Check your coverage: Medicare open enrollment starts Oct. 15

It’s almost time for local residents who are 65 and older to choose which Medicare plan they want in the coming year.

More than 2.3 million Ohioans are covered by Medicare, the federal health insurance program for those 65 and older, some people with disabilities and those with end-stage renal disease.

From Oct. 15 to Dec. 7, those covered by the program can make a change if they want to a different type of Medicare plan for 2020.

Even if your Medicare plan works for you now, experts say it’s important to review your options carefully each open enrollment season. Your medical needs or financial situation might have changed since last year, and the benefits that come with the different plans can change each year.

MORE: Cheaper prices, more competition ahead for Ohio ACA exchanges in 2020

“Medicare health and prescription drug plans often change year-to-year, which is why it is so important to look at your options every year and make a change if necessary,” said Ohio Department of Insurance Director Jillian Froment.

Those with Medicare should have just received a notice in the mail with any changes to their current plans, said Nate Epp, account executive with Horan’s Individual Health & Medicare team, whose services include brokering Medicare plans in the Dayton area.

Epp said his team has so far seen some changes in price and coverage for the upcoming year, such as $80 plan is being cancelled and those enrollees being moved to a $30 unless they make a switch.

“Every year during open enrollment, it’s really important that you at least look at the options available,” Epp said.

He said cost isn’t the only thing people should consider. Users should look at what kind of coverage they are getting, such as whether all the medications they take are covered and whether their doctor is in network.

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“So even if it’s a more expensive plan, maybe that’s a good move,” Epp said. “Part of our research is to evaluate, ‘Is that higher premium giving them better coverage or not?’”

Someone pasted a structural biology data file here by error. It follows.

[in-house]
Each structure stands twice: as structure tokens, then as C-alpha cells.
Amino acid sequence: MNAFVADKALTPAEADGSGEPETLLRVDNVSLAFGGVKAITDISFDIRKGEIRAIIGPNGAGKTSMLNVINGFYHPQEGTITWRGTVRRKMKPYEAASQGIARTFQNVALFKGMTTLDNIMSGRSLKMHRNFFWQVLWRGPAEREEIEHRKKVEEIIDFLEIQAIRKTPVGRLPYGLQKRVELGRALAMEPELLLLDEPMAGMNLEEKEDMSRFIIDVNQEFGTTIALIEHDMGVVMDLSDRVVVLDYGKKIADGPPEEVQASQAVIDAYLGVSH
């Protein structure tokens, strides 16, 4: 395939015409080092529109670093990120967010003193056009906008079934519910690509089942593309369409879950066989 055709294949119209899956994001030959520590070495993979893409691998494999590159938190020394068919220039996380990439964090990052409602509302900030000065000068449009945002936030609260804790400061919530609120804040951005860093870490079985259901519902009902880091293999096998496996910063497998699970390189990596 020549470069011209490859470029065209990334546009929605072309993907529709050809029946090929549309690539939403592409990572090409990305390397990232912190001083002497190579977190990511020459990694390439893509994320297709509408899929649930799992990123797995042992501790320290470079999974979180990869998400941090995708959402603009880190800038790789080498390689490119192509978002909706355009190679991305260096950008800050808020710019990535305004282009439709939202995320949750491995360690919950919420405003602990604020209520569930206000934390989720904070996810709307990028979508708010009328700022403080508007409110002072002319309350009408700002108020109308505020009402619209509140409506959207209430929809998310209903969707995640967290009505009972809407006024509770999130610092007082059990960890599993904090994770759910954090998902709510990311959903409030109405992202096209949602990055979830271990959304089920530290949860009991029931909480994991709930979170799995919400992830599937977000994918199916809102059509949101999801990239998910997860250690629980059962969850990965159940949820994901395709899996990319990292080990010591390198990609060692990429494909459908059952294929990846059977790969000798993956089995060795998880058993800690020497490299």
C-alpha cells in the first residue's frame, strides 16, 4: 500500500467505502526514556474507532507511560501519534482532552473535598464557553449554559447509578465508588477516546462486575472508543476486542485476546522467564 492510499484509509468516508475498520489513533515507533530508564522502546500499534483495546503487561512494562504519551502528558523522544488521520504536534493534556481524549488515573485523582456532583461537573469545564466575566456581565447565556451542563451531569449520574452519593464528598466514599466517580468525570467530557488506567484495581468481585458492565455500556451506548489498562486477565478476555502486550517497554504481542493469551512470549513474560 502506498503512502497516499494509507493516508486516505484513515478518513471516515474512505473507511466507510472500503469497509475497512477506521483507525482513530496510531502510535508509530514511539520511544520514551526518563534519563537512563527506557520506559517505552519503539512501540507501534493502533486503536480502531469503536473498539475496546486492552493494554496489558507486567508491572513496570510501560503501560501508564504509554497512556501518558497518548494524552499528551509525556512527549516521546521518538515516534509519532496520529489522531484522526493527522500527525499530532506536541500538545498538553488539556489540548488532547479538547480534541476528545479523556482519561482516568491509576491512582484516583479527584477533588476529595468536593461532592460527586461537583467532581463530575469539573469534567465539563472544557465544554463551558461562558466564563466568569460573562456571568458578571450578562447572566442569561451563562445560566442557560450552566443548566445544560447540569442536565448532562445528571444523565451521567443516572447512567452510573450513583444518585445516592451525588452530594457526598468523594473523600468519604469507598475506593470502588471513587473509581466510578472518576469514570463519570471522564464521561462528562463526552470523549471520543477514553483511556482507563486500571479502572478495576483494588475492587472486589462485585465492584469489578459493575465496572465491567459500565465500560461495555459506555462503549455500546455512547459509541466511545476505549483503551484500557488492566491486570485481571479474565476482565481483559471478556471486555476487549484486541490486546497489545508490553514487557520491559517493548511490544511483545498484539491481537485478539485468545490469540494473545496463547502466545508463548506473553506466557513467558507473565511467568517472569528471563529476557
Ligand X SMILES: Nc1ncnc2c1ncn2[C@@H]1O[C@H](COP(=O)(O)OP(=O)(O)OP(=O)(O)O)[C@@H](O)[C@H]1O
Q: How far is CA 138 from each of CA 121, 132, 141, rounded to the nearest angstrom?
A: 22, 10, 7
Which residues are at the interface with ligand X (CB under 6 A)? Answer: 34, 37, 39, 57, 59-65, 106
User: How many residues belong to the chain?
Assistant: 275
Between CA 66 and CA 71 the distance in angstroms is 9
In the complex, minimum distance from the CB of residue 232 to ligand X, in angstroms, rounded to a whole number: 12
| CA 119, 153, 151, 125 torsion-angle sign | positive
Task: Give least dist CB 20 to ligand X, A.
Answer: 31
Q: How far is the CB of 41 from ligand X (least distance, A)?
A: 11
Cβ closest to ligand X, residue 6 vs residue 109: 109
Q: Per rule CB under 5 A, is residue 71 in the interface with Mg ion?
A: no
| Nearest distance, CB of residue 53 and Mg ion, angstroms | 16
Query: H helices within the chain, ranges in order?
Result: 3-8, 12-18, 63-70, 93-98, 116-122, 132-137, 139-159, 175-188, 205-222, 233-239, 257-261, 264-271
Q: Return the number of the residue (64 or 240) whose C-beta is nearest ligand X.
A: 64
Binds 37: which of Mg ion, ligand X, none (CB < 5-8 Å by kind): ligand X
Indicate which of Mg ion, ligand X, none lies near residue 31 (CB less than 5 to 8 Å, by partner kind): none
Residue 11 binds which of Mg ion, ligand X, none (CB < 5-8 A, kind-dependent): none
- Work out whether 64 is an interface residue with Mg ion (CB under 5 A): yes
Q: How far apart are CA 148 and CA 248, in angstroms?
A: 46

Sorting through the different plan options can be complicated and Epp recommends working with an adviser who knows the process.

The most commonly sold Medicare supplement, Plan F, is getting phased out on Jan. 1., so if you don’t already have Plan F then you won’t be able to buy one starting 2020. The plan was blamed for promoting overuse of health care services. Plan F is a secondary insurance plan picks up the expenses that original Medicare plan leaves patients responsible for.

Epp said he doesn’t recommend rushing to buy a Plan F plan before they are phased out, because he expects the prices to climb and there are alternatives available.

“People are trying to run in and get Plan F before it goes away but once we look at the rates and compare it to another plan, the rates for Plan F are actually increasing. Long term, I don’t think its a good plan to get F before it goes away,” he said.

Ohio Senior Health Insurance Information Program, a division of Ohio Department of Insurance, will hold a series of “Medicare Check-Up Day” events around the state to provide information about open enrollment. 

Those with questions who are unable to attend a Medicare Check-Up Day event can call the state at 1-800-686-1578, Monday through Friday, 7:30 a.m. to 5 p.m., or call Medicare at 1-800-MEDICARE (1-800-633-4227), 24 hours a day, seven days a week. Information, including specific plan details, is available at

Enrollees can decide between original Medicare or a Medicare Advantage plan. Original Medicare plans are managed by the federal government, and typically those with traditional Medicare also buy supplemental coverage to cover things like prescription drugs.

Another option is to buy a Medicare Advantage plan, which is an insurance plan managed by a commercial insurance company.

Just under 1.5 million Ohioans have original Medicare and about 860,000 have Medicare Advantage, according to the Kaiser Family Foundation.

During open enrollment, Froment warned Ohioans to be aware of predatory sales practices and Medicare scams, which can pick up this time of year.

No one should be calling or knocking on doors and saying they are with Medicare or asking for any kind of payment or personal information. The only contact seniors should get will be from someone calling back or contacting them about a scheduled appointment.

If consumers suspect wrongdoing, they should call the department’s Fraud and Enforcement hotline at 1-800-686-1527 or the Senior Medicare Patrol at 1-800-488-6070.

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